Dungeon Lords Q&A - Polishing and Finalizing
Producer Mark Harwood fills us in on the latest details as Dungeon Lords approaches completion.
Dungeon Lords is the latest game to come from role-playing designer D.W. Bradley, whose resume includes some of the classic Wizardry games from the late '80s and early '90s. His newest effort promises to be a hack-and-slash-style role-playing game, but one with a considerable amount of depth. You'll create a character, choosing from a variety of races and character classes, and then you'll explore a whole new fantasy setting, from towns, swamps, dungeons, forests, and more. Dungeon Lords is packed with combat, and you'll have no shortage of monsters and bad guys to slay. With the game in the final stages of development, producer Mark Harwood answered some of our questions.
GameSpot: Tell us about the character development system, which, as we understand it, lets players choose a specific character class but gives players access to pretty much all schools of magic and other skills. Why was this structure chosen, and what does it add to the game?
Mark Harwood: Dungeon Lords is designed for players to enjoy rather than lock them into an early decision, the consequences of which they might not fully understand. For example, you may start the game out as a fighter, hacking and slashing your way through a few hours, when you see your friend throwing some really cool wizard spells. Why should you have to completely start over again to get that same enjoyment? You can play Dungeon Lords however you want to, allocating experience where you think it will do the most good. And if you decide to go in a completely different direction halfway through, why shouldn't you be allowed to? Role-playing games are really about the customization of your play experience, and in Dungeon Lords, you've got the freedom to do that.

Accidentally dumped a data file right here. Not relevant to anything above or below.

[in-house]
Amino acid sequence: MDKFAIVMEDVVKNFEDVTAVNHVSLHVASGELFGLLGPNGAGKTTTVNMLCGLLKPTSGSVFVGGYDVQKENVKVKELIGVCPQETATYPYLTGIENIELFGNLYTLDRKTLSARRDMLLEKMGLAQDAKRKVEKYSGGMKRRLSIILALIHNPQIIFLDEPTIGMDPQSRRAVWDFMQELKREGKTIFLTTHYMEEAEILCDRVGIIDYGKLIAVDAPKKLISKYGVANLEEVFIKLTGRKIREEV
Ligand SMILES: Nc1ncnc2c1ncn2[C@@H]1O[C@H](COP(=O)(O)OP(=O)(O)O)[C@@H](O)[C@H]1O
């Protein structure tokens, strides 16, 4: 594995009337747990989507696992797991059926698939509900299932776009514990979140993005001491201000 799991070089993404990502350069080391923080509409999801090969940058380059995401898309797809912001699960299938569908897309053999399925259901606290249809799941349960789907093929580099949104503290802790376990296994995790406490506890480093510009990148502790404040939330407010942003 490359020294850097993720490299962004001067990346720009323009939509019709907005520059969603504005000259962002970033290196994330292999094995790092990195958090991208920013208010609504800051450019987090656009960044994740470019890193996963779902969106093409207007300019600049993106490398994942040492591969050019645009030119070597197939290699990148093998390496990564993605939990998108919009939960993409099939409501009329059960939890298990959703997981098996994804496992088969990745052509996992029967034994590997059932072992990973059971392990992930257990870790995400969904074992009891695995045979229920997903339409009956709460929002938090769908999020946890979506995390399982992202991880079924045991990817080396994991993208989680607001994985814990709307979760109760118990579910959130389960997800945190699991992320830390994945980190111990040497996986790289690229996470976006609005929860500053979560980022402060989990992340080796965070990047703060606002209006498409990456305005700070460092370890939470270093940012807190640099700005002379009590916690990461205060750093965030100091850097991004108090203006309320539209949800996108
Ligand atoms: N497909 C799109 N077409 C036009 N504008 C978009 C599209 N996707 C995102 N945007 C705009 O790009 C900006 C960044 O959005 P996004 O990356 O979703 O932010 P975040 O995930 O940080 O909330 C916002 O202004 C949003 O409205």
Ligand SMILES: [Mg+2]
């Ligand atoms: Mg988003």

GS: Where did the story for Dungeon Lords' single-player game come from. Any inspiration from classical fantasy novels or even modern motion pictures?
MH: D.W. Bradley is known for crafting great, intricate stories and has done so again on Dungeon Lords. As far as how he comes up with them, I can only guess. But I'm glad he does.
GS: We understand that part of the goal behind using a simple keyboard-and-mouse control scheme (with only a few clicks to handle most of the combat) was to make the game accessible to new users. Now that the game has been in development for some time, can you comment on what it will offer beginners? And what will Dungeon Lords offer role-playing game veterans?
MH: The idea behind the interface was to make it accessible to as many people as possible, not just beginning gamers but fans of other genres as well, such as first-person shooter fans who are very familiar with the WASD-and-mouse layout. The reason for this is so you can start playing the game quickly, rather than spending time trying to figure out the control scheme. For veteran action players, they get the same advantage of an easy, familiar control set and can start in immediately deciding how they want to use the extremely flexible character system to make their heroes.